Reference: Physical Review Letters 103, 223901 (2009). [link]

Repulsive and attractive optical forces. Fundamentally similar to other electromagnetic forces, the gradient optical force is intrinsically biopolar. Two coupled waveguides attract or repel each other depending on the relative optical phase of the lightwave that each carries. Using a Mach-Zehnder interferometer configuration, the optical force can be tuned between repulsive or attractive by changing the input laser wavelength. Its direction is inferred from the vectorial response of the waveguides' nanomechanical motion.

Reference: Nature Photonics 3, 464 (2009). [link] [featured on cover] MIT Tech Review story [link].

Top 100 Stories of 2009 by Discover Magzine [link].

Nature Nanotech 2009

Optical cantilever array All optical control and multiplexing of nano cantilevers. Light can hop over the small gap between the ends of two head-to-head cantilevers/waveguides. The cantilevers' relative motion changes the transmission of light across the gap and thus can be detected by measurement of the amplitude of transmitted optical signal. Multiplexing is achieved by using properly designed integrated optical components (called multi-mode interferometers -MMI) that split and combine light between multiple pairs of those cantilevers.

Reference: Nature Nanotechnology 4, 377 (2009). [link] News & Views, by Mark Freeman. [link]

Nature 2008

Demonstration of on-chip optical force Optical forces can drive on-chip nanomechanical devices. Highly confined optical field in nanophotonic devices generates significant gradient optical force, just like the force in optical tweezers that traps dielectric beads. This optical force is utilized to actuate a silicon waveguide which is suspended from the substrate (see inset) and becomes a nanomechanical resonator. The amplitude of the optical force is carefully quantified by measuring the excited motion of the device. This experiment is the first demonstration of a nanomechanical device actuated by light in an integrated photonic circuitry.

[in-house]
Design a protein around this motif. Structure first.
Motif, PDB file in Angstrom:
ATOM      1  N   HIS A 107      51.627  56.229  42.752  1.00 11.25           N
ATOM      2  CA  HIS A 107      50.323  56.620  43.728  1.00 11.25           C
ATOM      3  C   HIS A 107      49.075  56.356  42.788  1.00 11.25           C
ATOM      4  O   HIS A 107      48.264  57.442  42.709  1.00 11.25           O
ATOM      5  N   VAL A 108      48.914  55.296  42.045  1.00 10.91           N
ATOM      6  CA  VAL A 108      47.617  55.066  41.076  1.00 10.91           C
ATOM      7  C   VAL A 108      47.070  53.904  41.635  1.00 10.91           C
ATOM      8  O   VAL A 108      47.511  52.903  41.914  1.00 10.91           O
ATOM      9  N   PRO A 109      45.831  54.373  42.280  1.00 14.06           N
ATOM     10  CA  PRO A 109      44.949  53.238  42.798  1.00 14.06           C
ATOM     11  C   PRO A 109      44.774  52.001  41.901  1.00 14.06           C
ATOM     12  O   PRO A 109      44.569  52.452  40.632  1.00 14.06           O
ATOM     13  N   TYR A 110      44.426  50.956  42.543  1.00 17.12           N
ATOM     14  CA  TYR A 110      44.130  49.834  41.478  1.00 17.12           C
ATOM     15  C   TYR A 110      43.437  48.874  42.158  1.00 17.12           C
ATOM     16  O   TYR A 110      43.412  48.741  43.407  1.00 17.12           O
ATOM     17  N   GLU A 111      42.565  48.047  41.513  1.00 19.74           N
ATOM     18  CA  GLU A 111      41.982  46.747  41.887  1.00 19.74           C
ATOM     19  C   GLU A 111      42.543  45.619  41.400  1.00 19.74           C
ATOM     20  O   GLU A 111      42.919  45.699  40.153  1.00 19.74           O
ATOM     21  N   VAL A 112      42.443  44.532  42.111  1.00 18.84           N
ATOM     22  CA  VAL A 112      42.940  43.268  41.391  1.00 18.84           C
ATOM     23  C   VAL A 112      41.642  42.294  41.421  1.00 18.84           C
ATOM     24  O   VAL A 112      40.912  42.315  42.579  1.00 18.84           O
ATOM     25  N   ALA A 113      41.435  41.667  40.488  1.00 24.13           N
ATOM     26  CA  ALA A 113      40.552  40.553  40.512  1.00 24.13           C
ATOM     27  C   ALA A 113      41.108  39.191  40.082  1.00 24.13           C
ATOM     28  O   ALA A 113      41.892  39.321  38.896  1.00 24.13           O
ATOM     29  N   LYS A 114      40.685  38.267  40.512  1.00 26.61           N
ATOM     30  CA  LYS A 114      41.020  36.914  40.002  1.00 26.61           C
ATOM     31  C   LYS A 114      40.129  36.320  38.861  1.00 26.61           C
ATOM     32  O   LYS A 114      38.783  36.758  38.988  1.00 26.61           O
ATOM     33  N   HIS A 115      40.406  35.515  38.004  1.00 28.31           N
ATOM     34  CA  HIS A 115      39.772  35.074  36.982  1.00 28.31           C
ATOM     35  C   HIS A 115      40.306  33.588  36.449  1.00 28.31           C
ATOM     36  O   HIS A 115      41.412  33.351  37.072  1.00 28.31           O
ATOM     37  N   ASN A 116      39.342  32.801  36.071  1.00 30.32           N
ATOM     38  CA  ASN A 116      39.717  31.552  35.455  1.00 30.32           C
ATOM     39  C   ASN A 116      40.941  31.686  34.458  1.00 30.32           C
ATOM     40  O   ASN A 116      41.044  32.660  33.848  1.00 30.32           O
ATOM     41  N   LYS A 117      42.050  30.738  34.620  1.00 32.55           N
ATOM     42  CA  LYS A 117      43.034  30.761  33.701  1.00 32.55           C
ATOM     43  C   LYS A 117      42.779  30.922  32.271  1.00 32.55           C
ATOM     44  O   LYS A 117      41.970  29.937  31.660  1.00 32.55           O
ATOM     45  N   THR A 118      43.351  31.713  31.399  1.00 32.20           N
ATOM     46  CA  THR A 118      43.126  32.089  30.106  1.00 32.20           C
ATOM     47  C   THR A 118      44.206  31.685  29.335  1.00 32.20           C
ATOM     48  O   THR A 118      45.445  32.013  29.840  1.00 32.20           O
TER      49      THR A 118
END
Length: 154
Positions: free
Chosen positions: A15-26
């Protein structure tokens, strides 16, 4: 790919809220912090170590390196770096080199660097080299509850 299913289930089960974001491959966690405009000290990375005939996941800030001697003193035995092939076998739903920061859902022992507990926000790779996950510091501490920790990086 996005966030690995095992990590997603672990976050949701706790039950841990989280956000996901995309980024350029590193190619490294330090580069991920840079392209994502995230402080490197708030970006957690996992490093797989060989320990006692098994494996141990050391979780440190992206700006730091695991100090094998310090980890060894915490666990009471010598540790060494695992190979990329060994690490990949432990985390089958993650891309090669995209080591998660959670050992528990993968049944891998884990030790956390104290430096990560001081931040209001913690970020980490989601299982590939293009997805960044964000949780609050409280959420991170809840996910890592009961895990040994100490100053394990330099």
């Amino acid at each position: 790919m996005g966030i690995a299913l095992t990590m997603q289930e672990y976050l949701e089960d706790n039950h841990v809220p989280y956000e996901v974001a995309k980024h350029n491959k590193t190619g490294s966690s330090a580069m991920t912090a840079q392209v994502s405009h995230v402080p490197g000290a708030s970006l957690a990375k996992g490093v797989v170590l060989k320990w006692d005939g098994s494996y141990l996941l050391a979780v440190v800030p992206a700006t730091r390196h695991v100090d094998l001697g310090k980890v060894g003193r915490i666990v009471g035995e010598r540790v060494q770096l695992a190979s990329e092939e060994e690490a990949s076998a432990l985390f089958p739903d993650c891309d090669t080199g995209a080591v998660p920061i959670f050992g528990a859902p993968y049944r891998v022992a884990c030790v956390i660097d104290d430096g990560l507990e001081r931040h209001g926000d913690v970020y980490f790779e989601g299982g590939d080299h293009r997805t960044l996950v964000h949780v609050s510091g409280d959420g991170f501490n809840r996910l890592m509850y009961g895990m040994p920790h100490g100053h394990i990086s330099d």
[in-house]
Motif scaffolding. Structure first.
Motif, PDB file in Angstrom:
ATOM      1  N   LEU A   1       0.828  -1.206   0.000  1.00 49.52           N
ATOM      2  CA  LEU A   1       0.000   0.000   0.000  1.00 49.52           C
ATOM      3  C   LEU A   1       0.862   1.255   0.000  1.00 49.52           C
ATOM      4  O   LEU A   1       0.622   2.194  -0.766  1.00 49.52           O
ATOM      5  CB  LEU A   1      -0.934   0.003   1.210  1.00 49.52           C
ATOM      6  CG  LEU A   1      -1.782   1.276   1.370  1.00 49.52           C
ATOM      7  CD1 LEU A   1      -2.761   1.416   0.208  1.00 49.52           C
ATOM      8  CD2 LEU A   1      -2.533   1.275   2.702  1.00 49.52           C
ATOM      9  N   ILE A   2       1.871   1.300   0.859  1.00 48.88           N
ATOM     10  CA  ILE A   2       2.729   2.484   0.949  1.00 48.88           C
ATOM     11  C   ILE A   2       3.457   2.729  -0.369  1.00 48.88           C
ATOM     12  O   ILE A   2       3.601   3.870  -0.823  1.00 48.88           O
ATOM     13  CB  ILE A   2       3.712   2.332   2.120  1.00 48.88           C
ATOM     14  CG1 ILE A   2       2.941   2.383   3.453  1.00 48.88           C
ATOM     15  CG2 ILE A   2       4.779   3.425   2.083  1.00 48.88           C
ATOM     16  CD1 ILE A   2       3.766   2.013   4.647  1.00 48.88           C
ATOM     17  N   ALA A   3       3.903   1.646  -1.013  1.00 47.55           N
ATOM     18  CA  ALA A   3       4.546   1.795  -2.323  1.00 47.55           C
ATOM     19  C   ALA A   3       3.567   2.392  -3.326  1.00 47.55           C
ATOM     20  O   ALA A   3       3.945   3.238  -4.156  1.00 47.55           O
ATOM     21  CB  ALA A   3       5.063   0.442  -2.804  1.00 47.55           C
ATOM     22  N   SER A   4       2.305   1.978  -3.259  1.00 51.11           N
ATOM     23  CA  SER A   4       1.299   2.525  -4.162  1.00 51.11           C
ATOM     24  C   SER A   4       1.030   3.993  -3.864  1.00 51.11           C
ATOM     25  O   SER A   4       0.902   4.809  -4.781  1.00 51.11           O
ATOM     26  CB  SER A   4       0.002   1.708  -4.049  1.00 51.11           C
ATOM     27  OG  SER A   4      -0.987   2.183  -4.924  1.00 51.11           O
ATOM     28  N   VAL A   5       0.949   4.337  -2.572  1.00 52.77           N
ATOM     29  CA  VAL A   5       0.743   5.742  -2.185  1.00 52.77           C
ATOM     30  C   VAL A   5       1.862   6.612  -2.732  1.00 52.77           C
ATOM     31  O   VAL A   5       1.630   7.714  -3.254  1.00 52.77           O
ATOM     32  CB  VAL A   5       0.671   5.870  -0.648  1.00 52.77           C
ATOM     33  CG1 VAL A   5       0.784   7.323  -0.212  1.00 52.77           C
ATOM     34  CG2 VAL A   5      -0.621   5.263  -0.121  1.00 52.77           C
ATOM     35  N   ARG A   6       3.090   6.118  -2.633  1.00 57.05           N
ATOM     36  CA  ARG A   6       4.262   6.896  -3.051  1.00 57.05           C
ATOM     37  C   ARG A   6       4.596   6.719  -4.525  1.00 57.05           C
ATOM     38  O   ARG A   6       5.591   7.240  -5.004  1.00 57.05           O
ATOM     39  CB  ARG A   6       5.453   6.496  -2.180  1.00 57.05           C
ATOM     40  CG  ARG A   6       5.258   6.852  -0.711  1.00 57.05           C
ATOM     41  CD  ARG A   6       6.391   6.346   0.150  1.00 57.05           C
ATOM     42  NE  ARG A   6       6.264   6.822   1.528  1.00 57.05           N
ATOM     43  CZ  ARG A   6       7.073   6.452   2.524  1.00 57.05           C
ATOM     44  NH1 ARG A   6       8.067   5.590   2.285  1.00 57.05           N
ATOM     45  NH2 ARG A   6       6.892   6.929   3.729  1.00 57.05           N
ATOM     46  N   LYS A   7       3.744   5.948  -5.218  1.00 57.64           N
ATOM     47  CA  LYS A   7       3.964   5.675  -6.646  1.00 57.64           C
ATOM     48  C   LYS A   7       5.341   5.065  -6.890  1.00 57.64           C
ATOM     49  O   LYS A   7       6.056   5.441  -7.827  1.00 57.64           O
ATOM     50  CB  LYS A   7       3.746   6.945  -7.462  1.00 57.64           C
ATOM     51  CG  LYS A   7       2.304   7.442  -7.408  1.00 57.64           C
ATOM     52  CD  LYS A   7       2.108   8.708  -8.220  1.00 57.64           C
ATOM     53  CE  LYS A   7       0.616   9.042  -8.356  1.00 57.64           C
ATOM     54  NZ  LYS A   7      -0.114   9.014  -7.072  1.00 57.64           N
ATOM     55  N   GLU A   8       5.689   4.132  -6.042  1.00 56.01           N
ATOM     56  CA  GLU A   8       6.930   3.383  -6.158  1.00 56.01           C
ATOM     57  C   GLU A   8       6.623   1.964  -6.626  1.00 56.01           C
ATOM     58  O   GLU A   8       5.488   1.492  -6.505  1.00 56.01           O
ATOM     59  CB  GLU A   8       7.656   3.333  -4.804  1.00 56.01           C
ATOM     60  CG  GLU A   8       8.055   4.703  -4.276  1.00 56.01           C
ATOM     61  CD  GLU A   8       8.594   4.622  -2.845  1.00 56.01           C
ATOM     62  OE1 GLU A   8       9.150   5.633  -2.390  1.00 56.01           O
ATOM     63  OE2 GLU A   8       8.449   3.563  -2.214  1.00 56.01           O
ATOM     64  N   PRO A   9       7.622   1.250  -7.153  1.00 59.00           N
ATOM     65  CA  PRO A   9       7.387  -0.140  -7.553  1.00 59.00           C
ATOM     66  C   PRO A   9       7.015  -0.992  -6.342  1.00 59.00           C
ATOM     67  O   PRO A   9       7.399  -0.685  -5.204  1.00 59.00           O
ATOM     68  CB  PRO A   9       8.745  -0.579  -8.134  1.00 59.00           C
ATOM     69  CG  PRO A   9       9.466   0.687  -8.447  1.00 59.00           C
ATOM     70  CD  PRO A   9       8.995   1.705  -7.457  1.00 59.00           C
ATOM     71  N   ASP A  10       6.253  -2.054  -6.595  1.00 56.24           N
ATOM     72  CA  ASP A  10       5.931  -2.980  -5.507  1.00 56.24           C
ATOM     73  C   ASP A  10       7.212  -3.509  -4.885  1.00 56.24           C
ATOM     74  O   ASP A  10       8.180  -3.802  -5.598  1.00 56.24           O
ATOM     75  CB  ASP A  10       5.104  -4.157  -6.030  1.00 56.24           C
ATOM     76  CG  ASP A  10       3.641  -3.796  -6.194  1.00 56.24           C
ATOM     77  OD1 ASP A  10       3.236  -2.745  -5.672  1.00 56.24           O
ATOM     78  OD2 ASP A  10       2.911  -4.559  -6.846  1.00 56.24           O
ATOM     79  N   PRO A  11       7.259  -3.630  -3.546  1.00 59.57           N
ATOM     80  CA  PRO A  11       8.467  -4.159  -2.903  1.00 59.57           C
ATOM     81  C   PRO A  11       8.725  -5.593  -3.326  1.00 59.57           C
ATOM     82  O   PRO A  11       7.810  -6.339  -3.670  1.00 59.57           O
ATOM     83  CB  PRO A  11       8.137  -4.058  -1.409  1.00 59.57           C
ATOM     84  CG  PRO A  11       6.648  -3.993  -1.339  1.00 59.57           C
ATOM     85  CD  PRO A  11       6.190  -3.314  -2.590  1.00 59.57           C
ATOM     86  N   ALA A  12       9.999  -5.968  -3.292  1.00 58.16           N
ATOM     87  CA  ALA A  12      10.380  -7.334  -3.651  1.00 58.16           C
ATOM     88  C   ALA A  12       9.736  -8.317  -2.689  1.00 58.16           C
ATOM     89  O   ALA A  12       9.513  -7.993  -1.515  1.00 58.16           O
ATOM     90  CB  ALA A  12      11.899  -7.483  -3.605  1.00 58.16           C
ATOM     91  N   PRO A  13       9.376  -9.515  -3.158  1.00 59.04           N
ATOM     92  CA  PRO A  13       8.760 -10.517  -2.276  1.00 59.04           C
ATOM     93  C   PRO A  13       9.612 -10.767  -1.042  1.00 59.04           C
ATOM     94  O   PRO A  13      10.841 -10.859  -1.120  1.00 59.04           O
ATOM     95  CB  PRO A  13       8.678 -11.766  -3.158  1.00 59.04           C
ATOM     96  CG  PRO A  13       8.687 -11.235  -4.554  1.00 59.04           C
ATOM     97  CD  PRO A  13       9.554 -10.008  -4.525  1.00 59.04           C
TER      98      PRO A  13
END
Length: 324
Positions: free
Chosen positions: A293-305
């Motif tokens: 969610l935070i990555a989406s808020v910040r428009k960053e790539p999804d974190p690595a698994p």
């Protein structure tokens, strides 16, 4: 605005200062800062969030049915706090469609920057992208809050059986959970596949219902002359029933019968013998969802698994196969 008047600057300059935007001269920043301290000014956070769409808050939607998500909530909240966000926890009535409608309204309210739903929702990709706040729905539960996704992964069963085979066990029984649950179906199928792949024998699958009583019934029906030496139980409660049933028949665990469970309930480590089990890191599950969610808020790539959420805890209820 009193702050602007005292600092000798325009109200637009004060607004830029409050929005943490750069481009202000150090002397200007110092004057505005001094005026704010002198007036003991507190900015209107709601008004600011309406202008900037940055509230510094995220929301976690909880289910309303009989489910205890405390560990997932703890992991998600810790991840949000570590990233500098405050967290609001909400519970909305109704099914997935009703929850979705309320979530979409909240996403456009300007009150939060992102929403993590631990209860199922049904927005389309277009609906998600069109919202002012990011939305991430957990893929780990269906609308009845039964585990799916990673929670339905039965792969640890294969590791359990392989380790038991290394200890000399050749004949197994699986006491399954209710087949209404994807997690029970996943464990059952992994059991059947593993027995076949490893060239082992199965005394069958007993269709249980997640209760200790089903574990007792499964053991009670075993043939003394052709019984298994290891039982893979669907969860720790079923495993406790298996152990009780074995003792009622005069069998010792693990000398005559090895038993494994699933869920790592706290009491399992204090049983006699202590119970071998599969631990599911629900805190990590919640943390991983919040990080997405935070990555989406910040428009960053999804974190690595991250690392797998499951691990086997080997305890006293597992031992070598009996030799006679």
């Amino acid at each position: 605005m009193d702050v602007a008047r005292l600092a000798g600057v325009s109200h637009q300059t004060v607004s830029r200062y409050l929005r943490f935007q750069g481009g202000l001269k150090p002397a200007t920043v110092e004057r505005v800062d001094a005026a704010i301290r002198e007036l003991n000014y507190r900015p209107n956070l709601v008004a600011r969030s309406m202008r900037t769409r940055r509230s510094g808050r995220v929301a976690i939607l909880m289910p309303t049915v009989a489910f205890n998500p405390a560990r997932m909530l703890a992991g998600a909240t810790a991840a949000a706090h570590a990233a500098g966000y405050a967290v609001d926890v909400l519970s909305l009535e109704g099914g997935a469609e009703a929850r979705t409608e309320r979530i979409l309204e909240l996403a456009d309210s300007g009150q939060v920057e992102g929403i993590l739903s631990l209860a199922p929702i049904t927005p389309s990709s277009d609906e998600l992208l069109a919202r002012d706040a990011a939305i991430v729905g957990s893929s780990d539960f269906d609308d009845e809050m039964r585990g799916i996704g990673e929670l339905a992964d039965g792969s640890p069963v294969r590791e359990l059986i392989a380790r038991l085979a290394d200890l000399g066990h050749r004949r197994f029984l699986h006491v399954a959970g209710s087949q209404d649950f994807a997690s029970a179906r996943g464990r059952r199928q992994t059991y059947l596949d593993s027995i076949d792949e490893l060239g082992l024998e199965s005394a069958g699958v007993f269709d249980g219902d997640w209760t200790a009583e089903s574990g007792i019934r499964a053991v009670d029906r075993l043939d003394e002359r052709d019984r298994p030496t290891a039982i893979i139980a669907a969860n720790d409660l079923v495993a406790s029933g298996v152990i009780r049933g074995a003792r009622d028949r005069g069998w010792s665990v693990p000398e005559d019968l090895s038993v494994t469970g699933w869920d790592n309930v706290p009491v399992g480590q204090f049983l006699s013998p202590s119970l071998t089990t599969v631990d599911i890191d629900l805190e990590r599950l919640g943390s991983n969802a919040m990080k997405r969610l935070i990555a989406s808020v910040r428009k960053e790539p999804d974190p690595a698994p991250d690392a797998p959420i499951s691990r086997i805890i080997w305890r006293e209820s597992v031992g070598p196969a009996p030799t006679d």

Reference: Nature 456, 480, (2008). [link] News and Views by Tobias Kippenberg [link]. MIT Tech Review story. [link]

Nature 2008Self-sensing nanocantilevers Resonant motion of the nanocantilevers was read-out with integrated piezoresistive transducers made of thin metal films. The nanocantilevers are only 500 nm long and their resonance frequencies are beyond 100 MHz. Mass sensitivity demonstrated with these nanocantilevers is below 1 attogram (1e-18 gram) in air and room temperature conditions.

Reference: Nature Nanotechnology, 2, 114 (2007). [link] News and Views by John Mamin. [link]